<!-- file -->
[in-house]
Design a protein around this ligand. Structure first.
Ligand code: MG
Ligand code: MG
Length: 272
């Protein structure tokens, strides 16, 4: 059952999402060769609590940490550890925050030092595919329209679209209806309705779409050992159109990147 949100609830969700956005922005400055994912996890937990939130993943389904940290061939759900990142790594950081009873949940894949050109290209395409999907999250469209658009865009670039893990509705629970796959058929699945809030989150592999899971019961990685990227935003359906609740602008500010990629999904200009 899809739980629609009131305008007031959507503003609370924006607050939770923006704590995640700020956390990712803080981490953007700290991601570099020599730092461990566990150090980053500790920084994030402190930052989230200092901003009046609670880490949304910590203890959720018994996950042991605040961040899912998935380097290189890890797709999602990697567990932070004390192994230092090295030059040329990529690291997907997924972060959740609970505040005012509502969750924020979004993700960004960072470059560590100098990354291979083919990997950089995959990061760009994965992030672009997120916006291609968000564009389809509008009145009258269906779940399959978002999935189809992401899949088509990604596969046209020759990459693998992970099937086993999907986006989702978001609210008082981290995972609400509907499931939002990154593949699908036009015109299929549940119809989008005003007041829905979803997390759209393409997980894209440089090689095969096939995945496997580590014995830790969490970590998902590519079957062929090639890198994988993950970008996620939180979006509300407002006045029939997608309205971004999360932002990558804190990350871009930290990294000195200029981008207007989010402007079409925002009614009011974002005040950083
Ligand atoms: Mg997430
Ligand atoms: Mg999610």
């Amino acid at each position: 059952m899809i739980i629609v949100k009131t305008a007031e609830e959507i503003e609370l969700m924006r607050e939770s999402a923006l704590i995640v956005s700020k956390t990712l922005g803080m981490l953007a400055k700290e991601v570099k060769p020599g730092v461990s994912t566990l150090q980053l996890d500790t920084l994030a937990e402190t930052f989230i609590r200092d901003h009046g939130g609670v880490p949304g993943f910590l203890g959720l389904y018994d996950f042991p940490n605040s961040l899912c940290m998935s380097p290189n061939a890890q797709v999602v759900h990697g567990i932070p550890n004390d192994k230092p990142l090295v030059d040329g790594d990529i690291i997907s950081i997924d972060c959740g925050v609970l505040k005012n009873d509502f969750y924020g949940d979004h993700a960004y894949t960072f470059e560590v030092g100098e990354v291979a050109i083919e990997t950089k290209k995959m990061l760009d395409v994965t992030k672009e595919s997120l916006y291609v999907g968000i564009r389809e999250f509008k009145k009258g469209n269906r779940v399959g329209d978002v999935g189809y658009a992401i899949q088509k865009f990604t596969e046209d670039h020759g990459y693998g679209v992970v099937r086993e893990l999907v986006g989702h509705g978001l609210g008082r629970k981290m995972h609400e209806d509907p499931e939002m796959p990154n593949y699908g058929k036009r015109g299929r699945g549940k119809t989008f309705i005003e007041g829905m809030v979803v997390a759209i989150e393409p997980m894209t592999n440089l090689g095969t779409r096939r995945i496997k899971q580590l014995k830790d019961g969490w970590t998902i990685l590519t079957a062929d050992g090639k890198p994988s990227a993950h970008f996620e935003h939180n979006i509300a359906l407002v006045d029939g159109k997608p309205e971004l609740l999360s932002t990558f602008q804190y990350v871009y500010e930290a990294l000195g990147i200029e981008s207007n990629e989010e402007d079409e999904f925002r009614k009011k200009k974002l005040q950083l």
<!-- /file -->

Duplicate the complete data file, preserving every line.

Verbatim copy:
[in-house]
Design a protein around this ligand. Structure first.
Ligand code: MG
Ligand code: MG
Length: 272
């Protein structure tokens, strides 16, 4: 059952999402060769609590940490550890925050030092595919329209679209209806309705779409050992159109990147 949100609830969700956005922005400055994912996890937990939130993943389904940290061939759900990142790594950081009873949940894949050109290209395409999907999250469209658009865009670039893990509705629970796959058929699945809030989150592999899971019961990685990227935003359906609740602008500010990629999904200009 899809739980629609009131305008007031959507503003609370924006607050939770923006704590995640700020956390990712803080981490953007700290991601570099020599730092461990566990150090980053500790920084994030402190930052989230200092901003009046609670880490949304910590203890959720018994996950042991605040961040899912998935380097290189890890797709999602990697567990932070004390192994230092090295030059040329990529690291997907997924972060959740609970505040005012509502969750924020979004993700960004960072470059560590100098990354291979083919990997950089995959990061760009994965992030672009997120916006291609968000564009389809509008009145009258269906779940399959978002999935189809992401899949088509990604596969046209020759990459693998992970099937086993999907986006989702978001609210008082981290995972609400509907499931939002990154593949699908036009015109299929549940119809989008005003007041829905979803997390759209393409997980894209440089090689095969096939995945496997580590014995830790969490970590998902590519079957062929090639890198994988993950970008996620939180979006509300407002006045029939997608309205971004999360932002990558804190990350871009930290990294000195200029981008207007989010402007079409925002009614009011974002005040950083
Ligand atoms: Mg997430
Ligand atoms: Mg999610």
């Amino acid at each position: 059952m899809i739980i629609v949100k009131t305008a007031e609830e959507i503003e609370l969700m924006r607050e939770s999402a923006l704590i995640v956005s700020k956390t990712l922005g803080m981490l953007a400055k700290e991601v570099k060769p020599g730092v461990s994912t566990l150090q980053l996890d500790t920084l994030a937990e402190t930052f989230i609590r200092d901003h009046g939130g609670v880490p949304g993943f910590l203890g959720l389904y018994d996950f042991p940490n605040s961040l899912c940290m998935s380097p290189n061939a890890q797709v999602v759900h990697g567990i932070p550890n004390d192994k230092p990142l090295v030059d040329g790594d990529i690291i997907s950081i997924d972060c959740g925050v609970l505040k005012n009873d509502f969750y924020g949940d979004h993700a960004y894949t960072f470059e560590v030092g100098e990354v291979a050109i083919e990997t950089k290209k995959m990061l760009d395409v994965t992030k672009e595919s997120l916006y291609v999907g968000i564009r389809e999250f509008k009145k009258g469209n269906r779940v399959g329209d978002v999935g189809y658009a992401i899949q088509k865009f990604t596969e046209d670039h020759g990459y693998g679209v992970v099937r086993e893990l999907v986006g989702h509705g978001l609210g008082r629970k981290m995972h609400e209806d509907p499931e939002m796959p990154n593949y699908g058929k036009r015109g299929r699945g549940k119809t989008f309705i005003e007041g829905m809030v979803v997390a759209i989150e393409p997980m894209t592999n440089l090689g095969t779409r096939r995945i496997k899971q580590l014995k830790d019961g969490w970590t998902i990685l590519t079957a062929d050992g090639k890198p994988s990227a993950h970008f996620e935003h939180n979006i509300a359906l407002v006045d029939g159109k997608p309205e971004l609740l999360s932002t990558f602008q804190y990350v871009y500010e930290a990294l000195g990147i200029e981008s207007n990629e989010e402007d079409e999904f925002r009614k009011k200009k974002l005040q950083l």